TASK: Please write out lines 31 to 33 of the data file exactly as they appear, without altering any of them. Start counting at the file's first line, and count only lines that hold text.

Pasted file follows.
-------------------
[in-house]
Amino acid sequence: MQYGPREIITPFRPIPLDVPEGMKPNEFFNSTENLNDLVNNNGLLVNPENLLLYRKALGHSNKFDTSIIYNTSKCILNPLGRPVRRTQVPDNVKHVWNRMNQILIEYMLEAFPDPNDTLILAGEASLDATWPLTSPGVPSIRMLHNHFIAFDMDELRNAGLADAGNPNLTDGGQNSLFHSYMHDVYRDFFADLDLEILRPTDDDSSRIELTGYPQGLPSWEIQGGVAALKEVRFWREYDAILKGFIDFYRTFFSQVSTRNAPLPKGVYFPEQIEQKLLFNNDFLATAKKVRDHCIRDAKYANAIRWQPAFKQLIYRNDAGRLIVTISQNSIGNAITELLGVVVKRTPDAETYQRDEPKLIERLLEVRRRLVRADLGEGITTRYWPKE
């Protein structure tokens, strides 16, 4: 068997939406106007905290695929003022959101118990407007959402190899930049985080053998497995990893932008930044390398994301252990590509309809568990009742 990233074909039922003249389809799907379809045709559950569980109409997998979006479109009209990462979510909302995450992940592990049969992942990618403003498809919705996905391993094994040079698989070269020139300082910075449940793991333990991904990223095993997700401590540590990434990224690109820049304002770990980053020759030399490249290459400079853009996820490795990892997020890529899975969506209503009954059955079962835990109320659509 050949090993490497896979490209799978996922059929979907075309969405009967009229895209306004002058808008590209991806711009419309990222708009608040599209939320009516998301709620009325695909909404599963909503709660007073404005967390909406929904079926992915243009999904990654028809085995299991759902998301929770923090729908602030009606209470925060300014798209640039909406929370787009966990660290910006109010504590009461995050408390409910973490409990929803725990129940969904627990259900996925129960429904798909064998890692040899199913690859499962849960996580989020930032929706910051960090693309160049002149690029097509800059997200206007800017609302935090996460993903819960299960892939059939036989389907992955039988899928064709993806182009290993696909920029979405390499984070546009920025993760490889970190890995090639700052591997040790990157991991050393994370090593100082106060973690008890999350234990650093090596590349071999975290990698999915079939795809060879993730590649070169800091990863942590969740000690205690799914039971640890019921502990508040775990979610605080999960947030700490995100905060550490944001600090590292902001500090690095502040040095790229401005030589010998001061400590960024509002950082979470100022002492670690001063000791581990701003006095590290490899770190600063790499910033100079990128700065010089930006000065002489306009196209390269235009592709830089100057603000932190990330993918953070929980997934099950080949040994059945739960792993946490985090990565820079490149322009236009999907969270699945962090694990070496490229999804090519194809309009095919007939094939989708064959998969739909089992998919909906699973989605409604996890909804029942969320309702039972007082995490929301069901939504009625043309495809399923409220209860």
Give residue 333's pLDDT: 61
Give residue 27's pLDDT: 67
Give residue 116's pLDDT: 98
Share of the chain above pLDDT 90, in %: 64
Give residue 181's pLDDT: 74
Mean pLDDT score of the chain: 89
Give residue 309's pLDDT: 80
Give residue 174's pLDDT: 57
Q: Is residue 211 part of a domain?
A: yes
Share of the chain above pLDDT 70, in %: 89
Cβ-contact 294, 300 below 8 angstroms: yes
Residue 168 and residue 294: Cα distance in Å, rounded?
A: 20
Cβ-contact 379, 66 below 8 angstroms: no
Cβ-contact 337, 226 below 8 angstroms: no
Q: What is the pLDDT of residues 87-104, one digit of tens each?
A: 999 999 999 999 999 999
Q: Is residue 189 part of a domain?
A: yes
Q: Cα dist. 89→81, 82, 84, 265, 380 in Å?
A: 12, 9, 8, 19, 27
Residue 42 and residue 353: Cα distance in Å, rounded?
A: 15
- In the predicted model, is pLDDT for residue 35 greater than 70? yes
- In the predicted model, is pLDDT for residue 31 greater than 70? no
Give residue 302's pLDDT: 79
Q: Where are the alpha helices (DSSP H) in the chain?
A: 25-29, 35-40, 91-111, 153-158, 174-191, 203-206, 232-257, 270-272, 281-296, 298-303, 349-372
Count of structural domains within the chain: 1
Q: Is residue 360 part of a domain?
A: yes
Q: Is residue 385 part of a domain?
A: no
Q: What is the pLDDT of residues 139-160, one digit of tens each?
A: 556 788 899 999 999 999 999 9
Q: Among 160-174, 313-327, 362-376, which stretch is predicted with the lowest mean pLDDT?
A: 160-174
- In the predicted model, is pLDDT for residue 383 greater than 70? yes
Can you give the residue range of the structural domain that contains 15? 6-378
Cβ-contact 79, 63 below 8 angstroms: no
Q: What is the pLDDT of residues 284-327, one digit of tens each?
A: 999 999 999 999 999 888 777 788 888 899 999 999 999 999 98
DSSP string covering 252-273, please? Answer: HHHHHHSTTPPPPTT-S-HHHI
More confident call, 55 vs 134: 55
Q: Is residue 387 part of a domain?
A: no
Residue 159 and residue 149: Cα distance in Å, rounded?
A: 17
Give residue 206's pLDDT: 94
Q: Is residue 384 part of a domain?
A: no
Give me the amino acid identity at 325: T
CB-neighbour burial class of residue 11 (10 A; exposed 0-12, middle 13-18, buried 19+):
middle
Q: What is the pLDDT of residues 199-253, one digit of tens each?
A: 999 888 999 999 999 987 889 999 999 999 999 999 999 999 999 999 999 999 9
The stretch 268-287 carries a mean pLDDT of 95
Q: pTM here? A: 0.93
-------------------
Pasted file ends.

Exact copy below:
Q: Where are the alpha helices (DSSP H) in the chain?
A: 25-29, 35-40, 91-111, 153-158, 174-191, 203-206, 232-257, 270-272, 281-296, 298-303, 349-372
Count of structural domains within the chain: 1